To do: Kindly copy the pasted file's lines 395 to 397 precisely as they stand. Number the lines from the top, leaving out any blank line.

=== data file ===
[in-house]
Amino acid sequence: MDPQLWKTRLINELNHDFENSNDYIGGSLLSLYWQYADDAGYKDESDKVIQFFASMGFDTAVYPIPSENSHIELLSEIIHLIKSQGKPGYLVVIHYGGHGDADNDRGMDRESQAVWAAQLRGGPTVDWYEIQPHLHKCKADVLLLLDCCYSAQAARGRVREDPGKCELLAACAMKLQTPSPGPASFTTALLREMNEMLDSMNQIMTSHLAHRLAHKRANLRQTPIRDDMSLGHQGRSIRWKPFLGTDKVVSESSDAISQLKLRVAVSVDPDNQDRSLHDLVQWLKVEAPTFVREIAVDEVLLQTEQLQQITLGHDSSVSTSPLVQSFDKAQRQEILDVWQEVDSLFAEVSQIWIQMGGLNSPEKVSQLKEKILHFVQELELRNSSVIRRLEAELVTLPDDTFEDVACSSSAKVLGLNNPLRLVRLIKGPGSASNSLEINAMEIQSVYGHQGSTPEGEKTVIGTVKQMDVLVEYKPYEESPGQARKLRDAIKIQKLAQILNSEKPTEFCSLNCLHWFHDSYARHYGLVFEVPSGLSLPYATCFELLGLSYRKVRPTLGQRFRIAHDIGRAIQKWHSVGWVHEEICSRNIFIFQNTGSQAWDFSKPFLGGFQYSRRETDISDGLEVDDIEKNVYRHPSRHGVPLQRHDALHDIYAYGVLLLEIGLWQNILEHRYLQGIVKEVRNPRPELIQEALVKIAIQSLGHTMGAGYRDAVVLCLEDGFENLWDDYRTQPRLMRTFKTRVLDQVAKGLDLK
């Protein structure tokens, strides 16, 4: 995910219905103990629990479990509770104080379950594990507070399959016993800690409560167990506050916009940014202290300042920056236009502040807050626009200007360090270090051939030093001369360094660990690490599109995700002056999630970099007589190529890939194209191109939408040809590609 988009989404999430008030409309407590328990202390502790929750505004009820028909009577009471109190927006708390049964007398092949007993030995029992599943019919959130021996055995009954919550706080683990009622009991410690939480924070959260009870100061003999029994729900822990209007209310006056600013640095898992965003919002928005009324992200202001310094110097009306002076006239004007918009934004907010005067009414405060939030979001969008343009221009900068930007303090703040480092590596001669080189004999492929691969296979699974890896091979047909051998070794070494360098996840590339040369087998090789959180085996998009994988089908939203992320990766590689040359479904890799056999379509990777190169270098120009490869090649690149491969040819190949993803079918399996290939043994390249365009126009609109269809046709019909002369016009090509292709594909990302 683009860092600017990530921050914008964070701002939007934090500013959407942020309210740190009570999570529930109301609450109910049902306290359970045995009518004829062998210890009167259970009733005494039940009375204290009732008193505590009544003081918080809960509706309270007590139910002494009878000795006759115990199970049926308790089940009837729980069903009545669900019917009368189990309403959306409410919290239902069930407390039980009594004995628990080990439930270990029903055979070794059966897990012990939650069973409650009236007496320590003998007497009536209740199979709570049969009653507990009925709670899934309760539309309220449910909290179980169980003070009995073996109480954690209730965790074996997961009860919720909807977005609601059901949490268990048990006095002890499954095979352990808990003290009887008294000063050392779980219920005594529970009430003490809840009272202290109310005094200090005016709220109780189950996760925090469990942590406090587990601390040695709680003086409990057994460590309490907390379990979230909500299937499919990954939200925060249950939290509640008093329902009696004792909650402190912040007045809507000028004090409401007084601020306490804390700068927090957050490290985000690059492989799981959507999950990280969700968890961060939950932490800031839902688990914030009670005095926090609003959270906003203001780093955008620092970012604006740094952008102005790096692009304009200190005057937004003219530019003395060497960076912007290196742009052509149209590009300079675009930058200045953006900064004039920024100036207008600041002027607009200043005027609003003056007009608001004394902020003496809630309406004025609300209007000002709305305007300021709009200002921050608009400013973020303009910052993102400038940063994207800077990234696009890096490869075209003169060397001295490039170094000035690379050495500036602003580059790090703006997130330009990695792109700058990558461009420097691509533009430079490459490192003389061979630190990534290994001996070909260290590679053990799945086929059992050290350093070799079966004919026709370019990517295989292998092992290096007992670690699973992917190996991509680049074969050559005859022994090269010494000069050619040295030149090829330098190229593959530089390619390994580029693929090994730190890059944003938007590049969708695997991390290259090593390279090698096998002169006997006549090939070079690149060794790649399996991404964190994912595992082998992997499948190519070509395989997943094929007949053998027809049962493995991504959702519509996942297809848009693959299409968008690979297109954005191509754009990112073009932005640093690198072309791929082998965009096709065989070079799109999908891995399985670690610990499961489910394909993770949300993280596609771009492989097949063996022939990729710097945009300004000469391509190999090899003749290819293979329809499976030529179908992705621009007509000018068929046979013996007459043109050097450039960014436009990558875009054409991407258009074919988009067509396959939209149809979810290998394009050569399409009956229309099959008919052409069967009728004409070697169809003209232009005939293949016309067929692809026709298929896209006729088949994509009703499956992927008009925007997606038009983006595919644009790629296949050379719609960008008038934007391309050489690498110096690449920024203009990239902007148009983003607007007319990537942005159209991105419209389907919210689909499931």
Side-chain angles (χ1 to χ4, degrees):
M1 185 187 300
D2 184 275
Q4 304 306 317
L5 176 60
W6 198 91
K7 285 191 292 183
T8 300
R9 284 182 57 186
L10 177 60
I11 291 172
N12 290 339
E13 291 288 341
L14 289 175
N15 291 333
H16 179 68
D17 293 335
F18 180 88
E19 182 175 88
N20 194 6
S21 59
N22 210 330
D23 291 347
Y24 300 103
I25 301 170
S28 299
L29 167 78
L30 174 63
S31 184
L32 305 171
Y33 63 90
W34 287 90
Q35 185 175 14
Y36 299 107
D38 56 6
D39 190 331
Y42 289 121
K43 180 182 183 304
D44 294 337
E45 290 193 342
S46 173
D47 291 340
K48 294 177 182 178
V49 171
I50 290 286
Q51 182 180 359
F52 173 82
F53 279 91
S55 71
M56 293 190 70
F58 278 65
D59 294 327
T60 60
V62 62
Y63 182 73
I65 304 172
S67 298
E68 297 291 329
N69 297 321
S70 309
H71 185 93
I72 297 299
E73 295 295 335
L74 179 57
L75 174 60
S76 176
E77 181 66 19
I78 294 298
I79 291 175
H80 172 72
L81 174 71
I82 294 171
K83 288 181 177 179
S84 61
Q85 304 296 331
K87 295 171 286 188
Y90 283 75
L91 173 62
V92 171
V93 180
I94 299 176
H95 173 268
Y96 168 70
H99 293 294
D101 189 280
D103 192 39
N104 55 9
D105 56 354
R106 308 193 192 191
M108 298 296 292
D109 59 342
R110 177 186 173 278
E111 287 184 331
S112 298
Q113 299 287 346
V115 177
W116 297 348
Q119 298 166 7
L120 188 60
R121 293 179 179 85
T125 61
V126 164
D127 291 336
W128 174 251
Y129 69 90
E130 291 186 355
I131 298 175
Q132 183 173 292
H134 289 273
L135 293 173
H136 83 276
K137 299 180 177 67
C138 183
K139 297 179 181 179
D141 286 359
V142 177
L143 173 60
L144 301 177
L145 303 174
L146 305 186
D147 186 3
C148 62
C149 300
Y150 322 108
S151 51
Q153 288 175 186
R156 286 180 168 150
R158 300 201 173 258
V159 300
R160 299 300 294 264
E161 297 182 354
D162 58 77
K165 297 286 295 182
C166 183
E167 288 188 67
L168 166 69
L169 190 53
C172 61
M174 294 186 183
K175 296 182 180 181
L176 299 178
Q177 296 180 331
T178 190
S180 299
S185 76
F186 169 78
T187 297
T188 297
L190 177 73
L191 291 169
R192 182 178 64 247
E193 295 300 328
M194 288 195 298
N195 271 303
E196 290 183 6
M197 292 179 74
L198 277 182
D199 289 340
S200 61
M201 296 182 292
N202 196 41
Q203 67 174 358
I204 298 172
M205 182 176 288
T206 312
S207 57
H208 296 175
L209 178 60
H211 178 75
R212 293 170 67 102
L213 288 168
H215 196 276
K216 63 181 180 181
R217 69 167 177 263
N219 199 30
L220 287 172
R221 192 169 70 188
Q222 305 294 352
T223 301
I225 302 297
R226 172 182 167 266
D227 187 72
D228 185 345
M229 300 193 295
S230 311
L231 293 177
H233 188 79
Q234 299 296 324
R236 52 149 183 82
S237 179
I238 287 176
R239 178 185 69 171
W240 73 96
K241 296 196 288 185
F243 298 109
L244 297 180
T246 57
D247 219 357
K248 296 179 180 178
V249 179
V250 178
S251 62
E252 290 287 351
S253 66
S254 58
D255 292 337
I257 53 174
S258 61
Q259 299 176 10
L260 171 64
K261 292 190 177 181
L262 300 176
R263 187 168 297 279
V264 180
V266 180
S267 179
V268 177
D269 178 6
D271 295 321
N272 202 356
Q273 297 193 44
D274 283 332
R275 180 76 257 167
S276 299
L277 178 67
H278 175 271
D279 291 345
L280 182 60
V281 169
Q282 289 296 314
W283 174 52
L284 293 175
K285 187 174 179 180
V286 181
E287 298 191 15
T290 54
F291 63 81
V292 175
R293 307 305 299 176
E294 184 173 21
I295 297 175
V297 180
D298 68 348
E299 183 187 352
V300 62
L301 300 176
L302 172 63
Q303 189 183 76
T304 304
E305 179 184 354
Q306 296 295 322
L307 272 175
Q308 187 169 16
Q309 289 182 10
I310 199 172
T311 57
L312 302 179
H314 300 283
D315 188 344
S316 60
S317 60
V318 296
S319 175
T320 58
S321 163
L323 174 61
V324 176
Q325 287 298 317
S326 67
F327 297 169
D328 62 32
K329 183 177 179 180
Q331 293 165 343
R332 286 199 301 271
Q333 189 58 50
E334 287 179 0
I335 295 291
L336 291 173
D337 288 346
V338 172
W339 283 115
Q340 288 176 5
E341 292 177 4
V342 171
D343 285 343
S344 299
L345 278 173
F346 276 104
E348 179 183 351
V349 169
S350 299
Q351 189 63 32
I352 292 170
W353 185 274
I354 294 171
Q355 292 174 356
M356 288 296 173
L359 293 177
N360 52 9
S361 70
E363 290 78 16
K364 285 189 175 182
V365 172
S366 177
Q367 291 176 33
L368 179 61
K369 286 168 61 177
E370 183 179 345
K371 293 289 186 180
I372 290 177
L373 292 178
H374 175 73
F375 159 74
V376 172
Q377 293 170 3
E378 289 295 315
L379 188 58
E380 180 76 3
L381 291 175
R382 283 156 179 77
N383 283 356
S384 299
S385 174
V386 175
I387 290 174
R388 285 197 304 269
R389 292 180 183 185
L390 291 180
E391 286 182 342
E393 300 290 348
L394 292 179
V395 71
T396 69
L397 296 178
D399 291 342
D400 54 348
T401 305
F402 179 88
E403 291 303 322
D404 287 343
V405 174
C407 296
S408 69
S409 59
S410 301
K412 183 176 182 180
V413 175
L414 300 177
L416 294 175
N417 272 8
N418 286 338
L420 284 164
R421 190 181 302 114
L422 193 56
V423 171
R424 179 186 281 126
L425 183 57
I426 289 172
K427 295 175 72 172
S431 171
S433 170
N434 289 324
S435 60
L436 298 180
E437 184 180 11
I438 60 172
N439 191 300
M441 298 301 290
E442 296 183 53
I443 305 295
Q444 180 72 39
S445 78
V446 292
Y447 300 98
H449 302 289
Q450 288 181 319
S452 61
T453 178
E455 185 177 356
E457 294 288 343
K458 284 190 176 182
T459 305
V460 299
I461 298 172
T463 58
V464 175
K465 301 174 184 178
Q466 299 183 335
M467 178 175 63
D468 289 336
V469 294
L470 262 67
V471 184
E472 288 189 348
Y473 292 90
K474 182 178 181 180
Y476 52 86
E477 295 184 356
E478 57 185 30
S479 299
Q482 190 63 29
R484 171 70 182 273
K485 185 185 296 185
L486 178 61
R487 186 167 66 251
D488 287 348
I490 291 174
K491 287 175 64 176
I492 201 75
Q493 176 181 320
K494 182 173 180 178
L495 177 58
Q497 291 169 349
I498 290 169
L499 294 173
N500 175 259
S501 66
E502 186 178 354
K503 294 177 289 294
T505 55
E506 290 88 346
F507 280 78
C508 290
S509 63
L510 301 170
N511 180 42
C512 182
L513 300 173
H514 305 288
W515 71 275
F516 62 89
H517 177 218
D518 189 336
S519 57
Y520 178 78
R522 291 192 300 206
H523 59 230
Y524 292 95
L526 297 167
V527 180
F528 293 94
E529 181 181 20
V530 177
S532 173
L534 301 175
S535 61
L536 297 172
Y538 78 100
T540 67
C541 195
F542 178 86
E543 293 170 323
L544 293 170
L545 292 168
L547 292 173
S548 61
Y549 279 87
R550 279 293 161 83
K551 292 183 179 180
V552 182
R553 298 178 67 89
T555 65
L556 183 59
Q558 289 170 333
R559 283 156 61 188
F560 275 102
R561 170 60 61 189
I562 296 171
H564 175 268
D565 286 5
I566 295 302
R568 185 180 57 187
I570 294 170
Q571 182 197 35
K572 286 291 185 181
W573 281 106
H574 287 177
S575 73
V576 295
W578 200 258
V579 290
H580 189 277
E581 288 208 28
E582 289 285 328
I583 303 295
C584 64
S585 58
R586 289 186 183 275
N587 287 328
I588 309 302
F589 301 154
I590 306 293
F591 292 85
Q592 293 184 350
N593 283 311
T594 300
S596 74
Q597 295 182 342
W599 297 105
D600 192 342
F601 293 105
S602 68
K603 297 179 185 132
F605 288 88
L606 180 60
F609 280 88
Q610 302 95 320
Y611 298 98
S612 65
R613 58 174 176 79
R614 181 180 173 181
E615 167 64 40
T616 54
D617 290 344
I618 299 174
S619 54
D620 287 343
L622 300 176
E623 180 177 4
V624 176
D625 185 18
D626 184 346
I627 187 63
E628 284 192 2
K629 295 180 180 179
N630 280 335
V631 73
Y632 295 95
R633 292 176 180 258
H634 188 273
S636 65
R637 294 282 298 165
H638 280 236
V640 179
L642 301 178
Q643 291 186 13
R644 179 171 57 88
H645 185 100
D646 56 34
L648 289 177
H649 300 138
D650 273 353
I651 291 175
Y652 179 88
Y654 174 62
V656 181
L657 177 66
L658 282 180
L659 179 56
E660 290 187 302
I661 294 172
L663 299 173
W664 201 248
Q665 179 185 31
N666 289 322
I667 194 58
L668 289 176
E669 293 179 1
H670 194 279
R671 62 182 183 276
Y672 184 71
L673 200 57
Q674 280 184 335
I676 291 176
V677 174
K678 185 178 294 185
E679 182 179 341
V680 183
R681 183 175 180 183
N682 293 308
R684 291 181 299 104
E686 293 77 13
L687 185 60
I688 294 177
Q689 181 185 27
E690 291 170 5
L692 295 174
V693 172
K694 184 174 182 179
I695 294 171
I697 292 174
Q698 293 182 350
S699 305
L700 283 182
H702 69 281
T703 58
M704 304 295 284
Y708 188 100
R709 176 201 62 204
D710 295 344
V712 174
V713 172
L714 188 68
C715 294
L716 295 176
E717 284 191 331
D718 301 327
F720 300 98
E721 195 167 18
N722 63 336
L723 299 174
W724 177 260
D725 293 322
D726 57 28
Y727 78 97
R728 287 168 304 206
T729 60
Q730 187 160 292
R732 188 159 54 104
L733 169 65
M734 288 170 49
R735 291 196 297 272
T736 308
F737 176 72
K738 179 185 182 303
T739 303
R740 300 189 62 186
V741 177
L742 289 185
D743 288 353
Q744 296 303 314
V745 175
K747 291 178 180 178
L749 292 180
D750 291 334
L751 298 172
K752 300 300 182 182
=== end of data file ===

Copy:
L470 262 67
V471 184
E472 288 189 348